Once a box was completed it was carried to the house and fastened into place. Each box is numbered by the mill (number routed into the surface) and manufactured as it is required. The assembly drawings tell the workers where it has to go. The boxes were fastened together using wooden staples made by the mill, from the same plywood sheet as the box components.
This was a two storey building, and once the shell was finished, it was roofed, rendered and clad fairly conventionally. Plumbing and electrical first fix was done conventionally but made very convenient by having the routing for the services built into the boxes. Windows and doors are subcontracted and fitted into openings built into the shell. Once the building is watertight and secure the boxes are filled with blown recycled newspaper insulation (so that’s a foot of insulation on all walls, and the floor and (I think) the roof).
The show followed the standard Grand Designs format and identified problems on the way through, but actually, especially considering it was such an experimental construction method I didn’t see that many.
Problems and Vulnerabilities:
Like all building using precision, factory built, components, you are very dependent on the quality of the foundations and initial setting out. It has to be square and level because there is no opportunity to adjust things later. This wasn’t a problem on this occasion because whoever did the groundwork knew what they were doing (probably not the designers of the house).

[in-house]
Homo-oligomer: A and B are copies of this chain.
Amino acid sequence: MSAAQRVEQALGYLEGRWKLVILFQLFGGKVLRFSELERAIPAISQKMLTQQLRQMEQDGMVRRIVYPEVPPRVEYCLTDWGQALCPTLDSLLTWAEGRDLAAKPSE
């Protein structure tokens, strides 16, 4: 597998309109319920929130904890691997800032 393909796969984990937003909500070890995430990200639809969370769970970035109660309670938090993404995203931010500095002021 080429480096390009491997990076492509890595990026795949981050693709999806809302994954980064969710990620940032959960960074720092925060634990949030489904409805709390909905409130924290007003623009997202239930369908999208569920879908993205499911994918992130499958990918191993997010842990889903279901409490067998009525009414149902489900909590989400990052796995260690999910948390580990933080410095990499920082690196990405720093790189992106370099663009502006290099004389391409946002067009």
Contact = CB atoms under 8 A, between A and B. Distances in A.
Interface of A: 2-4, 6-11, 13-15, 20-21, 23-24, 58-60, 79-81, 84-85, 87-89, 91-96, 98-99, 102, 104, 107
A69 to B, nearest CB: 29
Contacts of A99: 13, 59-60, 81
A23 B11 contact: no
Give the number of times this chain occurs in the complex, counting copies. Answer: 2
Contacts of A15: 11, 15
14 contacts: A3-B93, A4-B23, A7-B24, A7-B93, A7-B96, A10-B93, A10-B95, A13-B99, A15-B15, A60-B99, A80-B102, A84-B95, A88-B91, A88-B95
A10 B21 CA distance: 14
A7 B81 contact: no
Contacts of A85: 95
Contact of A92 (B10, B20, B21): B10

Before the first floor was up there was some heavy rain and the designers were concerned that the dampness might mess up the dimensions of the boxes. It doesn’t seem to have been a problem in practice.
On the ground floor, the modules turned out to be “a bit of a tight fit” in places. This was because the designer had not allowed for a proper fitting clearance. It wasn’t too severe a problem, and was rectified for the first floor by an adjustment to the cutting design. Probably achieved by a single parameter being adjusted, or alternatively, by re-dimensioning the first floor boxes (if done that way, it probably turned into an all-nighter, which we didn’t see).
The windows were a perfect fit in their allotted places, but the client didn’t like the proposed fastening method. Actually, neither did I; screwing through the frames even when the screw heads are covered with caps, seems a bit crude for such a high spec building. The alternative (much better) involved hidden brackets, and required some manual chiselling to make rebates for the brackets. The designer said he would adopt the new attachment method for future buildings and the rebates would be routed into the components by the factory.
The flat roof didn’t have quite the correct fall to drain properly. The additional drain had to be modified to satisfy the building inspector that it had sufficient capacity. Once again, this was a problem with experience and detailing, and the solution has now been accepted into the design parameters used by the designer.
One of the clients fitted the blanking plates for the holes used to install the insulation herself. She said they were too tight a fit. Again, a detailing and dimensioning problem with can be solved for future constructions.